New York City Theater
Fringe Festival, 2005
“Marlowe,” written by Harlan Didrickson and directed by David Zak, compresses the tumultuous tale of playwright Christopher Marlowe into a two-hour evening. Ranging from palace to pub, court to cottage, the drama covers the playwright’s drinking, love life, spying and writing, the latter through excerpts from his plays. The ending is startling: instead of dying in a bar brawl, as commonly accepted, Marlowe is done in by the Queen herself.
The work is not without interest, although it has trouble compressing so many facets into a comprehensive whole. Still, the acting is vigorous, especially from Timothy Hall as Marlowe and Julie Partyka as Queen Elizabeth, performers with prospects for a bright future. The dialogue has sparkling moments and, Lord knows, the subject matter is rife with possibilities. Organization and structure are the missing ingredients.
“Frida and Herself”
More dance than drama, “Frida and Herself” purports to tell the story of the Mexican painter Frida Kahlo. Using shadow figures as well as life-size puppets, Brandy Leary’s work divides Frida into two women – one who talks, one who dances.
But the two halves hardly coalesce nor add up to much, despite some striking images such as having the dancing Frida play with a model of her own spine (as a child, she was severely injured in a trolley accident).
Frida describes her other “accident” as her marriage to muralist Diego Rivera, whose “insatiable love and deep passion” cause him to take mistresses. Meanwhile, Frida drinks – and paints, of course, although we don’t see the result of her labors. Some of the images are appealing but it’s all terribly pretentious and dull. The most prescient line is Frida’s “I hope the exit is quick, and I hope never to return again.”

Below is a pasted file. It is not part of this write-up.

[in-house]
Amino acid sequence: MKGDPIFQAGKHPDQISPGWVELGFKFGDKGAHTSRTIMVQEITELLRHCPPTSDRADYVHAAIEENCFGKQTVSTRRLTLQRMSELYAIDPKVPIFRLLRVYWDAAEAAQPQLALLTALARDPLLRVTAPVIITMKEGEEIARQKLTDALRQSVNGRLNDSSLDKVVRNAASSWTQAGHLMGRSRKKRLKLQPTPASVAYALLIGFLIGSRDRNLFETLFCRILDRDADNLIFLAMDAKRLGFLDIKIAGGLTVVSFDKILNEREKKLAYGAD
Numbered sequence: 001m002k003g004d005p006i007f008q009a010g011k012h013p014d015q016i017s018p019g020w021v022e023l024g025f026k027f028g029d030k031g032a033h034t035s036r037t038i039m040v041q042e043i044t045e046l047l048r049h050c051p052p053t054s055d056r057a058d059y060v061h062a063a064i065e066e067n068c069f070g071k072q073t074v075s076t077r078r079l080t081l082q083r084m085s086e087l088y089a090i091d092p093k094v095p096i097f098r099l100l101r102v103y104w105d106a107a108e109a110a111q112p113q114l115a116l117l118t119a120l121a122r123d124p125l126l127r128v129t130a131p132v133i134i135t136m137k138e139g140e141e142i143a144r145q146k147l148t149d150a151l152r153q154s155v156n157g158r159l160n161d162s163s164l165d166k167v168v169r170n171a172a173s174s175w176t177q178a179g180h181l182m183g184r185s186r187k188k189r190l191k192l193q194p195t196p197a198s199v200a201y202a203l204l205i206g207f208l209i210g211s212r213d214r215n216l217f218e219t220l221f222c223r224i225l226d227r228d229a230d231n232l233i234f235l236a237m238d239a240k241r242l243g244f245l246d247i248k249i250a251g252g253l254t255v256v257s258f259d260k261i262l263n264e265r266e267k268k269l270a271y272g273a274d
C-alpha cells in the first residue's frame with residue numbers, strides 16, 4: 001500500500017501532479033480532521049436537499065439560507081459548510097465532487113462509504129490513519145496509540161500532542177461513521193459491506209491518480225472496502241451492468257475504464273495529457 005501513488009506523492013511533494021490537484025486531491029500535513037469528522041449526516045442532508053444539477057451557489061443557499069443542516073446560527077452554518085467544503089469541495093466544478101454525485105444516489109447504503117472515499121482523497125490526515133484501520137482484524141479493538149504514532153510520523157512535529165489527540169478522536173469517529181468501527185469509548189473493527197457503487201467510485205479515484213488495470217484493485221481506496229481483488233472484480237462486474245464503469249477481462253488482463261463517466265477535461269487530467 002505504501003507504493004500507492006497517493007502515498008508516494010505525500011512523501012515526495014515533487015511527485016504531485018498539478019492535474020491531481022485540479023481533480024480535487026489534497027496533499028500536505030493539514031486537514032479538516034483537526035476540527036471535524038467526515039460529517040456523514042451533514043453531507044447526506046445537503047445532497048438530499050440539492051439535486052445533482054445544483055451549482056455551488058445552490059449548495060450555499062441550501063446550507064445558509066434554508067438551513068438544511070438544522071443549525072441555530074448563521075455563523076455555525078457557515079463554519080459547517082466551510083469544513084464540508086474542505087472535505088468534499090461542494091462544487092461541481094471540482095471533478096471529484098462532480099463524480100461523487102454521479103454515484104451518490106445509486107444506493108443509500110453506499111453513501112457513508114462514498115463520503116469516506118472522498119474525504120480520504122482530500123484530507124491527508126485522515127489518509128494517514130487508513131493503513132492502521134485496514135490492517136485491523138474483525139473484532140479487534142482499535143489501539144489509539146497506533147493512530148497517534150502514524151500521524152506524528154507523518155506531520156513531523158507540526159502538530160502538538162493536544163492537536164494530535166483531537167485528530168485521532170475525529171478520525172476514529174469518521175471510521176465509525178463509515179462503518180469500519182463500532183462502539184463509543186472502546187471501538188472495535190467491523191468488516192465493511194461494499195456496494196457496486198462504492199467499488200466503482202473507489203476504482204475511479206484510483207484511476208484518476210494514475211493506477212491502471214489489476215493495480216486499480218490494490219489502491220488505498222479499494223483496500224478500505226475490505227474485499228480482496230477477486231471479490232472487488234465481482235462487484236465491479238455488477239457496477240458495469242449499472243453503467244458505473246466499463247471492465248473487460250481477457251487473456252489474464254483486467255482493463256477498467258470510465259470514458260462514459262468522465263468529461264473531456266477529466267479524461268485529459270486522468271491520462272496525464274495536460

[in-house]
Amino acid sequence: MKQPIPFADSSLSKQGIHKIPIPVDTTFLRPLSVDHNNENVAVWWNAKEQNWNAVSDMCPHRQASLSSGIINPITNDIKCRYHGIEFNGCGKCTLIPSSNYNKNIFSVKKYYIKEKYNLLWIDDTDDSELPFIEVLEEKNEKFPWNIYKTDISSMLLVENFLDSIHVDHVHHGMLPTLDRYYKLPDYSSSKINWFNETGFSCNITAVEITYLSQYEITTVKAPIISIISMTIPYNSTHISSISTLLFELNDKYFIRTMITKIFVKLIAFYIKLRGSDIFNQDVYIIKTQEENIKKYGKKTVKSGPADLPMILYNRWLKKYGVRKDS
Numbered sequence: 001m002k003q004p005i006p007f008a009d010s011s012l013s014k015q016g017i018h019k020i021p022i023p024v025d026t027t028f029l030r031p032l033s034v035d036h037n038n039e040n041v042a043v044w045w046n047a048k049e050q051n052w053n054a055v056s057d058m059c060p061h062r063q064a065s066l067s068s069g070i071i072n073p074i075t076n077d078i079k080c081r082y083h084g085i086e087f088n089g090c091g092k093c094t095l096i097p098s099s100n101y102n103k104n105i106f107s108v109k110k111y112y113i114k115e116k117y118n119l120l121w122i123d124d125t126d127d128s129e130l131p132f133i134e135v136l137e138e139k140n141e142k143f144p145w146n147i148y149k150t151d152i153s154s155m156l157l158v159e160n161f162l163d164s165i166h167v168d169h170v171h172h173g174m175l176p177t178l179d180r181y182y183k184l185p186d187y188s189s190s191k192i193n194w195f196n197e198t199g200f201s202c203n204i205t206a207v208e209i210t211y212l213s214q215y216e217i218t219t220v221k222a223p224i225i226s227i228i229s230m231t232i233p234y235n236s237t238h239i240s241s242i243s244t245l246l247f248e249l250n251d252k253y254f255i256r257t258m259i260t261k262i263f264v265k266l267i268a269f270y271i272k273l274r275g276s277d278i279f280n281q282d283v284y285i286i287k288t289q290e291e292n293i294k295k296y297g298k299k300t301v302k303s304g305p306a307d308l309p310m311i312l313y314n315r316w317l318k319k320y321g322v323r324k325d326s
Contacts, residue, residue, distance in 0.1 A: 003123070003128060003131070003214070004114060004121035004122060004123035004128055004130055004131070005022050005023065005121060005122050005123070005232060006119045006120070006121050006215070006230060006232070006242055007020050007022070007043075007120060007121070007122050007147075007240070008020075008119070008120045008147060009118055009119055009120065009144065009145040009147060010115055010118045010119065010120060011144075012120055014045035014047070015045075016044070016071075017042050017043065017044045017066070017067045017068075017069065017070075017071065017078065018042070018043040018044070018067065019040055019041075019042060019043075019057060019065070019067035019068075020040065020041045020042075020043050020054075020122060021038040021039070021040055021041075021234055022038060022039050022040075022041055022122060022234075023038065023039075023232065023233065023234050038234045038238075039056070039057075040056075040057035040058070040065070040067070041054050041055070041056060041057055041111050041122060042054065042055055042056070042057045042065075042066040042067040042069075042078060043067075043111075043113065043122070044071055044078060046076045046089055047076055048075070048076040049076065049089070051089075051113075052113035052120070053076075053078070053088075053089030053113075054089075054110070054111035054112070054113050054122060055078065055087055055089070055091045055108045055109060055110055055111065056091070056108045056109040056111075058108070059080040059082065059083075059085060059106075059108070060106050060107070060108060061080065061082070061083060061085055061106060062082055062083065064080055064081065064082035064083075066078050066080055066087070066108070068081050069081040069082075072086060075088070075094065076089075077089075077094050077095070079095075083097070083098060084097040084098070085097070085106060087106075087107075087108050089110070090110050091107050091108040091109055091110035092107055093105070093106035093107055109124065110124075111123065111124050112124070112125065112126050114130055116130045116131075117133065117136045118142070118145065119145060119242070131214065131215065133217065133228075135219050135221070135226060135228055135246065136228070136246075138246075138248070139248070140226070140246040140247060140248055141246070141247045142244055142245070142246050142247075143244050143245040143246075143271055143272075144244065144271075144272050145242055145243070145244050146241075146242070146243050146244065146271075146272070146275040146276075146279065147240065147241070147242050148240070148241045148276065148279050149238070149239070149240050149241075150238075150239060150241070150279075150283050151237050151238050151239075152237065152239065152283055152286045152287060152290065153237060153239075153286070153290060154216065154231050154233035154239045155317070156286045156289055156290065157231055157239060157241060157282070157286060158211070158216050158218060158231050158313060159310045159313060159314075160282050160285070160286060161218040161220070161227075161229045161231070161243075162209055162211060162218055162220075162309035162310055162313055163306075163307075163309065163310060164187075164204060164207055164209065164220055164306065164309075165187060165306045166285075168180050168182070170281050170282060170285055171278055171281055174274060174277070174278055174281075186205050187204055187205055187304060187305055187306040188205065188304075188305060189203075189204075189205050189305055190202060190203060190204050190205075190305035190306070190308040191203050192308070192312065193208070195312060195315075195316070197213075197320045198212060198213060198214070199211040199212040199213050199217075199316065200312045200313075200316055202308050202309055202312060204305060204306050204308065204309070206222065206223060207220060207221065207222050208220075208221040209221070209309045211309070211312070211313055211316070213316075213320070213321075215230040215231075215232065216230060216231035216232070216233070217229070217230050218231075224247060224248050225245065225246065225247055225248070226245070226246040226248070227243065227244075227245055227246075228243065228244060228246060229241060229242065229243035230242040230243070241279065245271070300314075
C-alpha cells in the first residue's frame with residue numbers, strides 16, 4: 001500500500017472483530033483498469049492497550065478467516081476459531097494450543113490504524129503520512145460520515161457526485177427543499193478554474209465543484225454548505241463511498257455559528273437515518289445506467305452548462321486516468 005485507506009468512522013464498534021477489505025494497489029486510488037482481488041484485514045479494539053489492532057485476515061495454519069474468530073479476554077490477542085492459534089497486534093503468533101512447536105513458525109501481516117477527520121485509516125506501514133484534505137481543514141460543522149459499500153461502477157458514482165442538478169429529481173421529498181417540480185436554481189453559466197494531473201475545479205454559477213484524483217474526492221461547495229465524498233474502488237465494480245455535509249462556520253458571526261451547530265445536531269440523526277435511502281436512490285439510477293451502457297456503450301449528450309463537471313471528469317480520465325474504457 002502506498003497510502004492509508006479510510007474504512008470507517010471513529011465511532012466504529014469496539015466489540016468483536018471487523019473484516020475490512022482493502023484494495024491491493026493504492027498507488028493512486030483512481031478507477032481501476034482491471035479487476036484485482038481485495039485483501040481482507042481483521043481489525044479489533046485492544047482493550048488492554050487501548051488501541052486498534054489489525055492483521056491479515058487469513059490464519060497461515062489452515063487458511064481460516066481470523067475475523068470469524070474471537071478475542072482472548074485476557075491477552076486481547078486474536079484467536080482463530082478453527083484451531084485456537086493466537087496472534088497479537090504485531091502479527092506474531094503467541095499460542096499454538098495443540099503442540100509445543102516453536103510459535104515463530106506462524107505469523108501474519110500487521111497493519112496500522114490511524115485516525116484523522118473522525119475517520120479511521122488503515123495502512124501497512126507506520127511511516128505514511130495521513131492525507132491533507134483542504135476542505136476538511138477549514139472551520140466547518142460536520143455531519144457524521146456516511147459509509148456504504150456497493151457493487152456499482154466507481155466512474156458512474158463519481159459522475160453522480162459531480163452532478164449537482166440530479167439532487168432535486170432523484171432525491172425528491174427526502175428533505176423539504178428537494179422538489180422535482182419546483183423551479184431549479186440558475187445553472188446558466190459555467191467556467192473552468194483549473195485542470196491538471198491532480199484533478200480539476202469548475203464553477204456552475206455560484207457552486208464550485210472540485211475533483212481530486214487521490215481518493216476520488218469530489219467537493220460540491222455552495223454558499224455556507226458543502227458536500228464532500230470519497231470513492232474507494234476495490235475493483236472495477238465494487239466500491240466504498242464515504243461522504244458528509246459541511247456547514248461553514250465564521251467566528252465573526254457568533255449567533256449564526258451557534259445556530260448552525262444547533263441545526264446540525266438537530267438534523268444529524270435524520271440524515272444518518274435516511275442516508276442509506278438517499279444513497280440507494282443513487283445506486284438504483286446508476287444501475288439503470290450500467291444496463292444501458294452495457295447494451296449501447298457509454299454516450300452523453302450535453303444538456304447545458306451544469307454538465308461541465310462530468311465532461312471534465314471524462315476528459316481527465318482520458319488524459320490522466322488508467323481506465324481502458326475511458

“Weddings of Mass Destruction”
Lucille Lortel Theater
The revue form is not dead – yet. In “Weddings of Mass Destruction,” three guys and three gals celebrate being gay with lots of in-jokes and smart patter. The result, the authorship of which is credited to Gayco Productions, is a good-natured musical mélange of a dozen or so sketches that usually hit their marks.
Beginning and ending with a double same-sex wedding in Provincetown, the evening covers adoptions, sex shops, liaisons short and long, celebrity crushes (e.g. Katie Couric, Alyssa Milano) and a finale that features “I Am What I Am.”
In a takeoff on the Abu Ghraib scandal, terrorists threaten to torture captives with homosexual acts. One lesbian finally fights back by refusing to be ashamed of her sexuality. Also effective is a satirical minstrel show where the politically incorrect entertainers are not blacks but gays. The show could be more hard-hitting, but it’s amusing and even uplifting.
Performance Space 122-Downstairs
First the title: An Eisteddfod is Welsh for talent show. The 75-minute play by Lally Katz takes place not in Great Britain, however, but Australia. In a series of short scenes, two actors portray a pair of orphans, a brother and sister bent on putting on an amateur production of “Macbeth.”
Abalone, the brother, who has the idea for the talent show, entices his sister, Gerture, into giving up her job and her boyfriend to work with him. At times, Abalone pretends to be the boyfriend whom Gerture misses, with the talk turning to sex and humiliation. But where does pretend end and reality begin?
Beneath the surface is an undercurrent of cruelty and hostility which, while intriguing, is never fully developed. The play backs in on itself, although individual scenes are strong and the actors, Jessamy Dyer and Luke Mullins bite into their roles, suggesting layers of desire.
-- David A. Rosenberg
August 30, 2005